A Chinese team made the first definitive demonstration of ‘quantum advantage’ –doing in minutes what would take half the age of Earth on the best supercomputers. Contrary to Google’s first demonstration of a quantum advantage, performed last year, their version is virtually unassailable by any classical computer. “We have shown that we can use photons, the fundamental unit of light, to demonstrate quantum computational power well beyond the classical counterpart,” says Jian-Wei Pan at the University of Science and Technology of China in Hefei. He adds that the calculation that they carried out — called the boson-sampling problem — is not just a convenient vehicle for demonstrating quantum advantage, but has potential practical applications in graph theory, quantum chemistry and machine learning.
“This is certainly a tour de force experiment, and an important milestone,” says physicist Ian Walmsley at Imperial College London.
Quantum advantage challenged
Teams at both academic and corporate laboratories have been vying to demonstrate quantum advantage (a term that has now largely replaced the earlier ‘quantum supremacy’).
Last year, researchers at Google’s quantum-computing laboratory in Santa Barbara, California, announced the first-ever demonstration of quantum advantage. They used their state-of-the-art Sycamore device, which has 53 quantum bits (qubits) made from superconducting circuits that are kept at ultracold temperatures2.
But some quantum researchers contested the claim, on the grounds that a better classical algorithm that would outperform the quantum one could exist3. And researchers at IBM claimed that its classical supercomputers could in principle already run existing algorithms to do the same calculations in 2.5 days.
To convincingly demonstrate quantum advantage, it should be unlikely that a significantly faster classical method could ever be found for the task being tested.
The Hefei team, led by Pan and Chao-Yang Lu, chose a different problem for its demonstration, called boson sampling. It was devised in 2011 by two computer scientists, Scott Aaronson and Alex Arkhipov4, then at the Massachusetts Institute of Technology in Cambridge. It entails calculating the probability distribution of many bosons — a category of fundamental particle that includes photons — whose quantum waves interfere with one another in a way that essentially randomizes the position of the particles. The probability of detecting a boson at a given position can be calculated from an equation in many unknowns.
But the calculation in this case is a ‘#P-hard problem’, which is even harder than notoriously tricky NP-hard problems, for which the number of solutions increases exponentially with the number of variables. For many tens of bosons, Aaronson and Arkhipov showed that there’s no classical shortcut for the impossibly long calculation.
A quantum computer, however, can sidestep the brute-force calculation by simulating the quantum process directly — allowing bosons to interfere and sampling the resulting distribution. To do this, Pan and colleagues chose to use photons as their qubits. They carried out the task on a photonic quantum computer working at room temperature.
Starting from laser pulses, the researchers encoded the information in the spatial position and the polarization of particular photon states — the orientation of the photons’ electromagnetic fields. These states were then brought together to interfere with one another and generate the photon distribution that represents the output. The team used photodetectors capable of registering single photons to measure that distribution, which in effect encodes the calculations that are so hard to perform classically.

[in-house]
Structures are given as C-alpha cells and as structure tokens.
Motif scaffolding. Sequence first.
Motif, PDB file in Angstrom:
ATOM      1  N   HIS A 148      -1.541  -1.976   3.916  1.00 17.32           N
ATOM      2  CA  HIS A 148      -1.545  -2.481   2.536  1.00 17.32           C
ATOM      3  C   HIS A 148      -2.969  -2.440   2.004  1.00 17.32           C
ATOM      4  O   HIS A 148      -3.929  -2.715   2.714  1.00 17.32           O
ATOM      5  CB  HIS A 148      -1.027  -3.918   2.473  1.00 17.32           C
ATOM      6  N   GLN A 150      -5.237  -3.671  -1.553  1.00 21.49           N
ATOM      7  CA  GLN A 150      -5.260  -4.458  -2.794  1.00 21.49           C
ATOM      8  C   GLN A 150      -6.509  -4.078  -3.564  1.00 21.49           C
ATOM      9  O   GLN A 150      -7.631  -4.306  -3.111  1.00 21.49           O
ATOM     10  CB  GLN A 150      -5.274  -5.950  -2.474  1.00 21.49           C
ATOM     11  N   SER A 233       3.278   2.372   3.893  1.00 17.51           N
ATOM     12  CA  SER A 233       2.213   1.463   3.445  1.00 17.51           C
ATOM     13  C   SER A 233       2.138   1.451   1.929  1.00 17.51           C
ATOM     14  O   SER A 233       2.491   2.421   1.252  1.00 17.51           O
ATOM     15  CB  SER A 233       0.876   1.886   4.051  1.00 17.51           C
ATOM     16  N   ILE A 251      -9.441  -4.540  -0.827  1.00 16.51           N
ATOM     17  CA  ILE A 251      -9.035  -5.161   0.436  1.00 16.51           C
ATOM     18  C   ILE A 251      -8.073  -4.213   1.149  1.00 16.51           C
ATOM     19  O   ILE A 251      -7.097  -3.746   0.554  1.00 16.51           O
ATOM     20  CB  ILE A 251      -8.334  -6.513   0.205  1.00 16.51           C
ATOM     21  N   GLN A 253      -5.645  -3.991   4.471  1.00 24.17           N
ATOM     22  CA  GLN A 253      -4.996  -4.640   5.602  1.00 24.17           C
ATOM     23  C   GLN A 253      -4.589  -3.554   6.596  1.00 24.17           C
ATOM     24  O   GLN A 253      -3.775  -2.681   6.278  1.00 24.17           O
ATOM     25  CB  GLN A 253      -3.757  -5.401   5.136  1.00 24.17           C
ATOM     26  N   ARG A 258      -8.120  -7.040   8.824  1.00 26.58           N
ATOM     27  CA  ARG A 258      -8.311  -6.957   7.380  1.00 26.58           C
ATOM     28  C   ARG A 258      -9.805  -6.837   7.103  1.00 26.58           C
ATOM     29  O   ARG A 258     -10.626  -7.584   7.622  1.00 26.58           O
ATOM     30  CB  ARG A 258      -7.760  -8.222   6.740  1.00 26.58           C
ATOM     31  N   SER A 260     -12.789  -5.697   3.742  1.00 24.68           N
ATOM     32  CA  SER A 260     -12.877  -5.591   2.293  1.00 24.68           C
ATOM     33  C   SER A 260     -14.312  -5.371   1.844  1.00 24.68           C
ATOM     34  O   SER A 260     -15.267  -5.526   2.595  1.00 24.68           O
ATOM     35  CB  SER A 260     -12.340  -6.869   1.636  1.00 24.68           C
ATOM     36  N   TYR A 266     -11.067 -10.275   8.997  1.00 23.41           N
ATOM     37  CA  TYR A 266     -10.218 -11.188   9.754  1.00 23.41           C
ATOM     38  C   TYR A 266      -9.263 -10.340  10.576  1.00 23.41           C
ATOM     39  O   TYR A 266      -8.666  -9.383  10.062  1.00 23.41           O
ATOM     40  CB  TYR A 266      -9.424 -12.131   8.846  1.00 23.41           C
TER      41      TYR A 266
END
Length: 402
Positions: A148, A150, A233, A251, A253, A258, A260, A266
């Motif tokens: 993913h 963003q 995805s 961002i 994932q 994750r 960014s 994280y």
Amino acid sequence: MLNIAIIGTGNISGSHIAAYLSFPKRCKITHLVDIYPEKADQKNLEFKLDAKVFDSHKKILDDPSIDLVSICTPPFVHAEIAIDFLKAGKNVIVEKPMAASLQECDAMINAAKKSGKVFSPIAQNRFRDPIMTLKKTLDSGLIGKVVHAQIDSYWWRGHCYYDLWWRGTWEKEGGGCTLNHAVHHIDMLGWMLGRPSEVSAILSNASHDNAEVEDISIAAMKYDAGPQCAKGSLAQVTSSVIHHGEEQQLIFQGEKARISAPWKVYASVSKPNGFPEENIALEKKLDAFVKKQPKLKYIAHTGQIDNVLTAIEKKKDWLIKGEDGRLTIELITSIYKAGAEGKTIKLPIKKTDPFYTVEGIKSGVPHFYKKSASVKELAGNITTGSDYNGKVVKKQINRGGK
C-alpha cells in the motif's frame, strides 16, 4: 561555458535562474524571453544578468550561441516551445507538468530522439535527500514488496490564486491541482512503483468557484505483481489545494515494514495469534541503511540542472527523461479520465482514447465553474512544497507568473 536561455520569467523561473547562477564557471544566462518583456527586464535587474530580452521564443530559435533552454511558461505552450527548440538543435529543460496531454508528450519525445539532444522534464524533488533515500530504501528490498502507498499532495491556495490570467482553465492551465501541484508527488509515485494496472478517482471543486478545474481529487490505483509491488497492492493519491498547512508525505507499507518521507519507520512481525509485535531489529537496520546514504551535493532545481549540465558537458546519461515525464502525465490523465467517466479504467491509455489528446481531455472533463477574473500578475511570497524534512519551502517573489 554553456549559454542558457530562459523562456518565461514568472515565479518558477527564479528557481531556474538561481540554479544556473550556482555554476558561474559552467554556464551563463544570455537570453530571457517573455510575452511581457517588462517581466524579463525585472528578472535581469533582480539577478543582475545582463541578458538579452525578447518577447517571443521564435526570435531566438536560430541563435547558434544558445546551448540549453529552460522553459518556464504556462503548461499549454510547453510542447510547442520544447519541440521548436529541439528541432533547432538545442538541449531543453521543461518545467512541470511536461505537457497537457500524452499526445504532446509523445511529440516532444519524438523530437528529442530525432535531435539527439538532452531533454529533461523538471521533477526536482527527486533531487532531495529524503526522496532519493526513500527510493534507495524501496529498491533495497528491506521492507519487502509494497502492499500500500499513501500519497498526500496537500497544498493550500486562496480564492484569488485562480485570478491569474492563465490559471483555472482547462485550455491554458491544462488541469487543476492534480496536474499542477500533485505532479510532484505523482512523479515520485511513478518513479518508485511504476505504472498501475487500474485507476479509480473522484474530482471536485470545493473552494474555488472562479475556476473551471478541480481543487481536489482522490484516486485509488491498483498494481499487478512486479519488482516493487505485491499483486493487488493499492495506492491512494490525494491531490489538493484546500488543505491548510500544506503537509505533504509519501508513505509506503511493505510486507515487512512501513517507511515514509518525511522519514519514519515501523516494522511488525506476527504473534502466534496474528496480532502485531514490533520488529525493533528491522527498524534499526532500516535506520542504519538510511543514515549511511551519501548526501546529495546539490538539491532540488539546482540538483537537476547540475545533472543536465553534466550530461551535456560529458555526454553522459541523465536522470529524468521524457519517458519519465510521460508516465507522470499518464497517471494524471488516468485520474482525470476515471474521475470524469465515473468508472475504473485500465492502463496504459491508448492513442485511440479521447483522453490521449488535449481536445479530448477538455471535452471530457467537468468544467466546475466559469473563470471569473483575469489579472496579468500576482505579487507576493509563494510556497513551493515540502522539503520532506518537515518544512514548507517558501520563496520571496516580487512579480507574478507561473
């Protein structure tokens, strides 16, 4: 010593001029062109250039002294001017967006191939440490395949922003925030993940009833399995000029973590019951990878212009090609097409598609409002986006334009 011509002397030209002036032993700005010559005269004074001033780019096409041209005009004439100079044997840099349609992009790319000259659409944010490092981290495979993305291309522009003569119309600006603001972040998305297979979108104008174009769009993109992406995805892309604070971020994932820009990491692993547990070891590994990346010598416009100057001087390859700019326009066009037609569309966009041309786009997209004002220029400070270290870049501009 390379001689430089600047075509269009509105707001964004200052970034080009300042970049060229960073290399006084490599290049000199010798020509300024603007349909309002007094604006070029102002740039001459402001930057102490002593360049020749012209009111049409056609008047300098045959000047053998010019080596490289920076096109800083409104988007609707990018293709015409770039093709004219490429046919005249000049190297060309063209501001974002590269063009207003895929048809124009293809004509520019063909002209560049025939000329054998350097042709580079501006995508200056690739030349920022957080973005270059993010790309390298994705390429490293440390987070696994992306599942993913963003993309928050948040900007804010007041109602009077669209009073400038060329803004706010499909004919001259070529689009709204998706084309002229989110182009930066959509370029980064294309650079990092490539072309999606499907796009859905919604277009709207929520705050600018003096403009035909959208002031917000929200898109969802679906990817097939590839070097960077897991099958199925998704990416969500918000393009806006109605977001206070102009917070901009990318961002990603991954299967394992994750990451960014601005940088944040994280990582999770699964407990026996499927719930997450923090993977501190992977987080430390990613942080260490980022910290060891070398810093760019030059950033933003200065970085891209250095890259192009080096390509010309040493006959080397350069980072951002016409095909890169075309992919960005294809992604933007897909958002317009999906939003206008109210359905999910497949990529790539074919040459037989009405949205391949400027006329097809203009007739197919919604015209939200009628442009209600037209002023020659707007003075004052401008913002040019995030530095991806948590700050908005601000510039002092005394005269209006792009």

In this way, Pan and colleagues could find solutions to the boson-sampling problem in 200 seconds. They estimate these would take 2.5 billion years to calculate on China’s TaihuLight supercomputer — a quantum advantage of around 1014.
“This is the first time that quantum advantage has been demonstrated using light or photonics,” says Christian Weedbrook, chief executive of quantum-computing startup Xanadu in Toronto, Canada, which is seeking to build practical quantum computers based on photonics.
Walmsley says this claim of quantum advantage is convincing. “Because [the experiment] hews very closely to the original Aaronson–Arkiphov scheme, it is unlikely that a better classical algorithm can be found,” he says.
However, Weedbrook points out that as yet, and in contrast to Google’s Sycamore, the Chinese team’s photonic circuit is not programmable, so at this point “it cannot be used for solving practical problems”.
But he adds that if the team is able to build an efficient enough programmable chip, several important computational problems could be solved. Among those are predicting how proteins dock to one another and how molecules vibrate, says Lu.
Weedbrook notes that photonic quantum computing started later than the other approaches, but it could now “potentially leap-frog the rest”. At any rate, he adds, “It is only a matter of time before quantum computers will leave classical computers in the dust.” The market for quantum hardware rentals is projected to rise to $9 billion in 2030 from $260 million today. [The results appeared in Science on 3 December1.] Read full article →
This represents but a fraction of what is included in the Here Comes China newsletter. If you want to learn about the Chinese world, get Godfree’s newsletter here
Cover Photograph : The shape of Steven Chilton Architects’ theatre in Guangzhou is informed by the city’s historical connection to silk and is imprinted with patterns that represent its current tattoo culture. Named the Sunac Guangzhou Grand Theatre, the building will host performances from visiting production companies as part of a group of entertainment venues being built in the city’s Huadu District. The building’s distinctive cladding was informed by Guangzhou’s history as a key trading port. Read full article →